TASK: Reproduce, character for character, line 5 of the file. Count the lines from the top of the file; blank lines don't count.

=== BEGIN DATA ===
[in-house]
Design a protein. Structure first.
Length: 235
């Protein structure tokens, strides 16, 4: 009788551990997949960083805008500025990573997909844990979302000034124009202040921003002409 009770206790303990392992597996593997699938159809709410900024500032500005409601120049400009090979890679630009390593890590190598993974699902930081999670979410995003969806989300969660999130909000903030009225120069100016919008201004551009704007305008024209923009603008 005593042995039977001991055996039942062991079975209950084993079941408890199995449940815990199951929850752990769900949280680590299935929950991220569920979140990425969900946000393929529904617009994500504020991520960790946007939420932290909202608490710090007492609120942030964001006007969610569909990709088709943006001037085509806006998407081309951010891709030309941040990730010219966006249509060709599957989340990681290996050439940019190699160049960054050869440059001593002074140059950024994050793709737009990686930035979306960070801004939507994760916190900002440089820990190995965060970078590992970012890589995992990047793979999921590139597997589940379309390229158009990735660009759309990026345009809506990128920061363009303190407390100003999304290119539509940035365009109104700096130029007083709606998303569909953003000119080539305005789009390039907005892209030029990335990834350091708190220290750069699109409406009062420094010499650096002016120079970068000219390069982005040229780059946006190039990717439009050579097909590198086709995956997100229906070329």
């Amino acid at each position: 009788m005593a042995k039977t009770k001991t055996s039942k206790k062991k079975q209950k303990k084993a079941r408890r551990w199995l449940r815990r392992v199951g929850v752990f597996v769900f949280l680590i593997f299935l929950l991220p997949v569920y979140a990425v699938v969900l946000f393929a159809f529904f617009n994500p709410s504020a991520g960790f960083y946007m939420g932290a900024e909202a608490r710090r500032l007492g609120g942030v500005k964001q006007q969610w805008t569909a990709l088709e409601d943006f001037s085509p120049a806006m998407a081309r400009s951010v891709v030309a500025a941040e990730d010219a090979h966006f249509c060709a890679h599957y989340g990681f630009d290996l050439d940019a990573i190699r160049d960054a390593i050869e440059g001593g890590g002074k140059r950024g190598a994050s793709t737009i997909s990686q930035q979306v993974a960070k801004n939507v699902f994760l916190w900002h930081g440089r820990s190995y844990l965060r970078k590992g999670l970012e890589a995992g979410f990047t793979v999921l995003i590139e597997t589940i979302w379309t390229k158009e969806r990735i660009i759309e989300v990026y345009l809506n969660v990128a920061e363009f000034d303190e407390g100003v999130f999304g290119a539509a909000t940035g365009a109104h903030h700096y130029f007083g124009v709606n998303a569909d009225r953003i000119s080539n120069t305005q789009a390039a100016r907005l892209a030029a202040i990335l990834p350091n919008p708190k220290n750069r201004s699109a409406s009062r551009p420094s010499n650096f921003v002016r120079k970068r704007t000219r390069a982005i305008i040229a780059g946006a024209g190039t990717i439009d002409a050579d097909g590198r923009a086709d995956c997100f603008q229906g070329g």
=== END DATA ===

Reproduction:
């Amino acid at each position: 009788m005593a042995k039977t009770k001991t055996s039942k206790k062991k079975q209950k303990k084993a079941r408890r551990w199995l449940r815990r392992v199951g929850v752990f597996v769900f949280l680590i593997f299935l929950l991220p997949v569920y979140a990425v699938v969900l946000f393929a159809f529904f617009n994500p709410s504020a991520g960790f960083y946007m939420g932290a900024e909202a608490r710090r500032l007492g609120g942030v500005k964001q006007q969610w805008t569909a990709l088709e409601d943006f001037s085509p120049a806006m998407a081309r400009s951010v891709v030309a500025a941040e990730d010219a090979h966006f249509c060709a890679h599957y989340g990681f630009d290996l050439d940019a990573i190699r160049d960054a390593i050869e440059g001593g890590g002074k140059r950024g190598a994050s793709t737009i997909s990686q930035q979306v993974a960070k801004n939507v699902f994760l916190w900002h930081g440089r820990s190995y844990l965060r970078k590992g999670l970012e890589a995992g979410f990047t793979v999921l995003i590139e597997t589940i979302w379309t390229k158009e969806r990735i660009i759309e989300v990026y345009l809506n969660v990128a920061e363009f000034d303190e407390g100003v999130f999304g290119a539509a909000t940035g365009a109104h903030h700096y130029f007083g124009v709606n998303a569909d009225r953003i000119s080539n120069t305005q789009a390039a100016r907005l892209a030029a202040i990335l990834p350091n919008p708190k220290n750069r201004s699109a409406s009062r551009p420094s010499n650096f921003v002016r120079k970068r704007t000219r390069a982005i305008i040229a780059g946006a024209g190039t990717i439009d002409a050579d097909g590198r923009a086709d995956c997100f603008q229906g070329g």